Elbow Bursitis Treatment

Elbow bursitis usually responds to simple treatment steps. Vstock / Getty Images

Elbow bursitis is a common condition that causes pain and swelling in the back of the elbow.  Also called olecranon bursitis, elbow bursitis typically responds to simple treatment steps, although infected bursae or chronic bursitis may require more invasive treatments.

Home Treatments

  • Rest
    Patients with elbow bursitis should rest and protect their elbow until the elbow bursitis has completely resolved. Usually no special protection or bracing is needed, and simply avoiding strenuous activity and pressure on the elbow will allow the inflammation to subside.
  • Ice Application
    Ice application can also help to limit the amount of swelling of the elbow bursa.  Usually applying an ice pack several times a day, for about 15 minutes each time, will be sufficient. 
  • Compression
    Gentle compression with an Ace wrap or neoprene elbow sleeve may help to prevent swelling from returning.  Especially useful when active, gentle compression is also a good way to remind yourself to keep pressure off the back of the elbow.
  • Anti-inflammatory Medications
    An oral anti-inflammatory medication is also commonly prescribed. These medications may  help control symptoms of inflammation.

More Invasive Treatments

If these treatments fail to provide relief of symptoms, more invasive treatments may be considered.

  • Draining the Bursa
    Draining the fluid from within the bursa can help with more persistent cases of elbow bursitis.  Typically, a needle is inserted into the bursa, and drawn out through a syringe.  If there is any question of the cause of the bursitis (infection, gout, etc.), the fluid can be analyzed to determine the cause.
  • Cortisone Injection
    After removing the excess fluid, your doctor may  administer a cortisone injection into the bursa. Cortisone will suppress the inflammatory response to hopefully prevent a recurrence of the swelling.  There have been some studies that show a possibility of introducing infection or causing other side-effects with cortisone, so often simply draining the fluid is sufficient.
  • Surgical Treatment
    If the bursitis does not respond to these treatments, a surgery may be considered to remove the bursa sac.  There are several different surgical procedures that have been described, but traditionally the sac is removed in its entirety through an incision directly over the back of the elbow. The major problem with surgery is that healing incisions on the back of the elbow can lead to wound healing problems and infection. Most surgeons reccommed trying to avoid surgery for this condition if possible.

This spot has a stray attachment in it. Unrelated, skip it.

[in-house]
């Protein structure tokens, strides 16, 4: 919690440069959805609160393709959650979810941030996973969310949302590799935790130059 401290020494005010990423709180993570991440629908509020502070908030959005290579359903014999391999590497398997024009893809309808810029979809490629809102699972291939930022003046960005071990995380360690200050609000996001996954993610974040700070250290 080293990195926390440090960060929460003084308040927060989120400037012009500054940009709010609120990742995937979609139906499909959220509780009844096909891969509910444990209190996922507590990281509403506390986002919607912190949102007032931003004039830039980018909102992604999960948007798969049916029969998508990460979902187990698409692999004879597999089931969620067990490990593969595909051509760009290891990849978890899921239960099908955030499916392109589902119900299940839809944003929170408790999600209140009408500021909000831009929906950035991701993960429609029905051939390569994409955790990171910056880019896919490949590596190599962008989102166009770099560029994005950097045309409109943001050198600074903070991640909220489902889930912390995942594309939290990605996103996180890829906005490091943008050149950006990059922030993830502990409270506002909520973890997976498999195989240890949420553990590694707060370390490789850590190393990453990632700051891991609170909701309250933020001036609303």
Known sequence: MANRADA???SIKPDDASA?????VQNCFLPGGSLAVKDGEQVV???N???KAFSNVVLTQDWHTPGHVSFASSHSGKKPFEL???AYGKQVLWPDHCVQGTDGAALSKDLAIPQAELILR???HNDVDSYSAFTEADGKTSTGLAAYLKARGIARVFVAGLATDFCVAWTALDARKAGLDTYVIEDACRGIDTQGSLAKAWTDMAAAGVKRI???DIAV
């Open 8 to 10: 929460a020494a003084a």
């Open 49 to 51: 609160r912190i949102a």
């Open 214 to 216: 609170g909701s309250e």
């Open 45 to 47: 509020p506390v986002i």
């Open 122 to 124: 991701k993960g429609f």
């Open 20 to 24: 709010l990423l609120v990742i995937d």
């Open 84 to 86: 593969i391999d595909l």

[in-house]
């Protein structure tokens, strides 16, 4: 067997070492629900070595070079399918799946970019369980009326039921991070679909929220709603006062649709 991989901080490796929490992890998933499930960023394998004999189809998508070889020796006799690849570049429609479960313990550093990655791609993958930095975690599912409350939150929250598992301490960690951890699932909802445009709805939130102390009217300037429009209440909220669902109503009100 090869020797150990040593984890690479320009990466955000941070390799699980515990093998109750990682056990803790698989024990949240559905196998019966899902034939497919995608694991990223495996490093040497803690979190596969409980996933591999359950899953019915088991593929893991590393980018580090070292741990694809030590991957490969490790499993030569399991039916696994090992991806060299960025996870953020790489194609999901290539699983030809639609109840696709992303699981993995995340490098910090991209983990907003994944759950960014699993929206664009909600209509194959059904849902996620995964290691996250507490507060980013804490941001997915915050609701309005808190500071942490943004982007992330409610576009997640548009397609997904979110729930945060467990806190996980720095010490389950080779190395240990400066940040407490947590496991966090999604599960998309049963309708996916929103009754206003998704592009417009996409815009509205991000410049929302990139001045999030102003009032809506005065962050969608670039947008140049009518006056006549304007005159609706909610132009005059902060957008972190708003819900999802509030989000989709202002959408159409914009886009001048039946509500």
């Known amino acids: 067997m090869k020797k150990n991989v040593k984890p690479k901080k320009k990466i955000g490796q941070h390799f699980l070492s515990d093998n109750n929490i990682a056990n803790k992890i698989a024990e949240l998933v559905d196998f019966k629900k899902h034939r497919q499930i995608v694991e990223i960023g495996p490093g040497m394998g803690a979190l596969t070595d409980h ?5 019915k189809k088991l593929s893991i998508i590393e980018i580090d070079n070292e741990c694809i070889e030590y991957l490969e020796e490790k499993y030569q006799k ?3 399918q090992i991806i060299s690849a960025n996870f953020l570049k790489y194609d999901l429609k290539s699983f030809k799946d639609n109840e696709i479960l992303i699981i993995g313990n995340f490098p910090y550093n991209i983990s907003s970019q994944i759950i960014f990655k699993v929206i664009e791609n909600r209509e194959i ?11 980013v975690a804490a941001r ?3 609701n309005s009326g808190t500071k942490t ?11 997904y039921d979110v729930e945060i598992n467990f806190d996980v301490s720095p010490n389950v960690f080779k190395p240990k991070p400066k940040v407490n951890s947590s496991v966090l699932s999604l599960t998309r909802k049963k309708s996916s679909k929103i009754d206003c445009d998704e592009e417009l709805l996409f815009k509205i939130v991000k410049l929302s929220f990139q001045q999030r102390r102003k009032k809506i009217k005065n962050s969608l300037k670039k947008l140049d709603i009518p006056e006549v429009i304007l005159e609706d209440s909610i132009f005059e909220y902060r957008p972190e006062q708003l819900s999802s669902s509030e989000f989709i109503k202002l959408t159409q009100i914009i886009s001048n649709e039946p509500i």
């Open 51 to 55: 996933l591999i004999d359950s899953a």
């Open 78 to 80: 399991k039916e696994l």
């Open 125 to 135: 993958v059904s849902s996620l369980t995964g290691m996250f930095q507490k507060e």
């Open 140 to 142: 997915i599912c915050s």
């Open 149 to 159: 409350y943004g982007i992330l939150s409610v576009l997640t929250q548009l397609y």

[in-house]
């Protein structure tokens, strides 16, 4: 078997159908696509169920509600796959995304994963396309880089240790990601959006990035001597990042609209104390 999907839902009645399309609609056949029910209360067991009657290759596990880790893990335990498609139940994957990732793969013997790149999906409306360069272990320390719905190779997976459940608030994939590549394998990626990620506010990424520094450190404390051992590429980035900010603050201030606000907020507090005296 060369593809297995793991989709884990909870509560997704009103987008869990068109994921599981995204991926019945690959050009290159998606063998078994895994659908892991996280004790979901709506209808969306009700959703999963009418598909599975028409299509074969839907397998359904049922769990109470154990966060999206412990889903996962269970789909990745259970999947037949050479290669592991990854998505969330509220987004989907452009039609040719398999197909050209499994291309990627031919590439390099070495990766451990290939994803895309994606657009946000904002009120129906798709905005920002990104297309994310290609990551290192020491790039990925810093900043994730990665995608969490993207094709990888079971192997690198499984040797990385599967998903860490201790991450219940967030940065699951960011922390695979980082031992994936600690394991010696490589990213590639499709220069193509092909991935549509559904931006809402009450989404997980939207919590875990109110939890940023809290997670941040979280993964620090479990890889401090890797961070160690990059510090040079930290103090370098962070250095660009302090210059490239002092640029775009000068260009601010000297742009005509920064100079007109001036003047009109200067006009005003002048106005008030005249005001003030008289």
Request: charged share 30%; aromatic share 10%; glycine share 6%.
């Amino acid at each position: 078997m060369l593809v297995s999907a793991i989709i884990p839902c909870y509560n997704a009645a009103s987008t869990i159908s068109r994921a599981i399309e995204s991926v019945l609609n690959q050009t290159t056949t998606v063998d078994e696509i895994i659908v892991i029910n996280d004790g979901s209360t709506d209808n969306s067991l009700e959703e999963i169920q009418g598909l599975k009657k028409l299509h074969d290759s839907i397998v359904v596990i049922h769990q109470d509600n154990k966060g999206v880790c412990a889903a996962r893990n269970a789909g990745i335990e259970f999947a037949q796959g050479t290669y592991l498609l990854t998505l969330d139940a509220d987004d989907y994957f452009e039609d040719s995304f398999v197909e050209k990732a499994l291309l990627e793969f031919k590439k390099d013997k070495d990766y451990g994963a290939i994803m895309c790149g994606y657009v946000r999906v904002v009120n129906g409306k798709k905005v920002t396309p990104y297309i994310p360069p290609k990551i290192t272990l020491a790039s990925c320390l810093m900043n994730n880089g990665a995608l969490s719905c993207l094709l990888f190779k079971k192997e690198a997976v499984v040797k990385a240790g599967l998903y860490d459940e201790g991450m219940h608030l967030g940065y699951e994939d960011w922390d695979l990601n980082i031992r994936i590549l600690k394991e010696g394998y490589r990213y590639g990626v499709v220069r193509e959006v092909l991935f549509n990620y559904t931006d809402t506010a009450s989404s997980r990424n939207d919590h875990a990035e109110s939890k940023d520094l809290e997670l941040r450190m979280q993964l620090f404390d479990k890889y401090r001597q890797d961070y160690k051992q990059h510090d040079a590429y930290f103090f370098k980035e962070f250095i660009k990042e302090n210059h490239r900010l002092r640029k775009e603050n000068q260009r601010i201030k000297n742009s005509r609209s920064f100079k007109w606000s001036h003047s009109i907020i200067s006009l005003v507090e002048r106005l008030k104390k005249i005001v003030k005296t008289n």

Treatment of Infection of Elbow Bursitis

Treatment of infected bursitis requires repeated drainage of the fluid, antibiotic treatment, and sometimes a surgical procedure to remove the infected bursa.  When the bursitis involves infection, treatment becomes more urgent.

Signs of infection include:

  • Fevers, chills, and sweats
  • Redness around the bursa
  • Pus within the bursa

Because of this specific treatment needed, all cases of elbow bursitis should be evaluated by a physician to ensure there is no evidence of infection.

A Word From Verywell

Elbow bursitis can come back, but typically with time and some simple treatment steps, the inflammation subside and the problem resolves. If the bursitis returns persistently, the bursa can be surgically removed, but this is rarely necessary.

Often patients will feel a marble-like bump of thickened bursa even months after an episode of elbow bursitis. This is the thickened, scar that was the inflamed bursa.

Patients who are prone to developing elbow bursitis are most often those people who place pressure on the point of the elbow for prolonged periods. In these patients, elbow pads can protect the elbow and help to prevent elbow bursitis.​​ Efforts to prevent elbow bursitis are far preferable to treatments that may have side-effects and complications. For that reason, focusing on prevention is probably the most important step in treatment.


Aaron DL, et al. "Four Common Types of Bursitis: Diagnosis and Management" J Am Acad Orthop Surg June 2011 ; 19:359-367.